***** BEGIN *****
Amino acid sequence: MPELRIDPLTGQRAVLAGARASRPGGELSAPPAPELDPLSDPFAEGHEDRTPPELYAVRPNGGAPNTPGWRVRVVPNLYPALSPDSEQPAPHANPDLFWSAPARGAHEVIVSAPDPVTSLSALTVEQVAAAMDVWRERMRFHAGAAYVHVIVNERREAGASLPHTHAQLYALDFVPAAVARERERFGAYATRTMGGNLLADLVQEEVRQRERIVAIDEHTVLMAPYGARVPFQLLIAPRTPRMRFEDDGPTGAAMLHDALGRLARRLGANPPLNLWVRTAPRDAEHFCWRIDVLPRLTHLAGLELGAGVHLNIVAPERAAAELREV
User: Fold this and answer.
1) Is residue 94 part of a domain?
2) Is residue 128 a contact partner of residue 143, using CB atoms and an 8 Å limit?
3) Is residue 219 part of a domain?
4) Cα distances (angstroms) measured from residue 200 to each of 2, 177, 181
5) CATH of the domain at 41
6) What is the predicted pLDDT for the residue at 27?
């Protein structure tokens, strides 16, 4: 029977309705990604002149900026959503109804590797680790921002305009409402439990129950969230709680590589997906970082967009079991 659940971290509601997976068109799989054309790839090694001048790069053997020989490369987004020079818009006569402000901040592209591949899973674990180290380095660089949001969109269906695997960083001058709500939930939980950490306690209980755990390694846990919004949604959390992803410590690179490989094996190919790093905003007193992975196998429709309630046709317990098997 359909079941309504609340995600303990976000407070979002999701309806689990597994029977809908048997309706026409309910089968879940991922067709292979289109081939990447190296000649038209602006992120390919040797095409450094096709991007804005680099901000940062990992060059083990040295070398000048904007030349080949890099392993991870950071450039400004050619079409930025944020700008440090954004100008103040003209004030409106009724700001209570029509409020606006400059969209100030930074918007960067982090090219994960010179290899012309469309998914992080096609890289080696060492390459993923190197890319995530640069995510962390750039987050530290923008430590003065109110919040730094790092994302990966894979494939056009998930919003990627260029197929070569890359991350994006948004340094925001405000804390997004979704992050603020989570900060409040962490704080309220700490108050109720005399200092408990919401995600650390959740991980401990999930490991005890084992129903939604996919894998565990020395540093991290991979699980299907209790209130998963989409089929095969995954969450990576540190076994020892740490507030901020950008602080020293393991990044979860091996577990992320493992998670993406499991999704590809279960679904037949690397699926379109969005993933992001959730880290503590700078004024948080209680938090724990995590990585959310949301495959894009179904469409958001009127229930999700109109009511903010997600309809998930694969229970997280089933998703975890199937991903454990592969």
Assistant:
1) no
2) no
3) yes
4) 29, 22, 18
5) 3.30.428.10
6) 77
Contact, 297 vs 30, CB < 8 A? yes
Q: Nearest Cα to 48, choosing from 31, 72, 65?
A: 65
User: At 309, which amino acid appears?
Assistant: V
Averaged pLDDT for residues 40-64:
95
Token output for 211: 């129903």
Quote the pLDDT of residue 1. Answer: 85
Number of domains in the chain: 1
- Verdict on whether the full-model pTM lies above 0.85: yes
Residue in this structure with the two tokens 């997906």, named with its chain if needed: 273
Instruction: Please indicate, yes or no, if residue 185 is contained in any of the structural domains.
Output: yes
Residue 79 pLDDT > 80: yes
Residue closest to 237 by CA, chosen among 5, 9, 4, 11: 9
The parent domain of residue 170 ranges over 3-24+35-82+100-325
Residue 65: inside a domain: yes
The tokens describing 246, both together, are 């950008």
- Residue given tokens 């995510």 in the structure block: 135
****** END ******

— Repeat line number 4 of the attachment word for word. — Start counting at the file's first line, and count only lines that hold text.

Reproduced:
2) Is residue 128 a contact partner of residue 143, using CB atoms and an 8 Å limit?